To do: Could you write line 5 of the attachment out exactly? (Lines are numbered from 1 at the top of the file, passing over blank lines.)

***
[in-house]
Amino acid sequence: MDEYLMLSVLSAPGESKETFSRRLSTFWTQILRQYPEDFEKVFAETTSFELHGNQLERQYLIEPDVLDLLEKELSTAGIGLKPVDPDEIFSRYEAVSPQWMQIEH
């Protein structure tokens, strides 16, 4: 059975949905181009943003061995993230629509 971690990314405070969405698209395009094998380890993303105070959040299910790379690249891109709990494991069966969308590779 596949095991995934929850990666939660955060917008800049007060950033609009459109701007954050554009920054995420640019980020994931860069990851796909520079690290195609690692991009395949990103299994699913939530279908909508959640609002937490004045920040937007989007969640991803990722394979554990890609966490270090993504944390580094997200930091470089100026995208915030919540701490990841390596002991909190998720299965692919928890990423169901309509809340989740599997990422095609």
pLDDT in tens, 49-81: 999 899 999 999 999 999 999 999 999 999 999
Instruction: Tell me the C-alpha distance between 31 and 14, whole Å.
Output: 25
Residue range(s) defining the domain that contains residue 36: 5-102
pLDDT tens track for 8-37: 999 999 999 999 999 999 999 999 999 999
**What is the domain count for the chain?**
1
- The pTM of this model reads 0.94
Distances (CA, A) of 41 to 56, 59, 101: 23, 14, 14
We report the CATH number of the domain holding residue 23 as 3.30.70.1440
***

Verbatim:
Instruction: Tell me the C-alpha distance between 31 and 14, whole Å.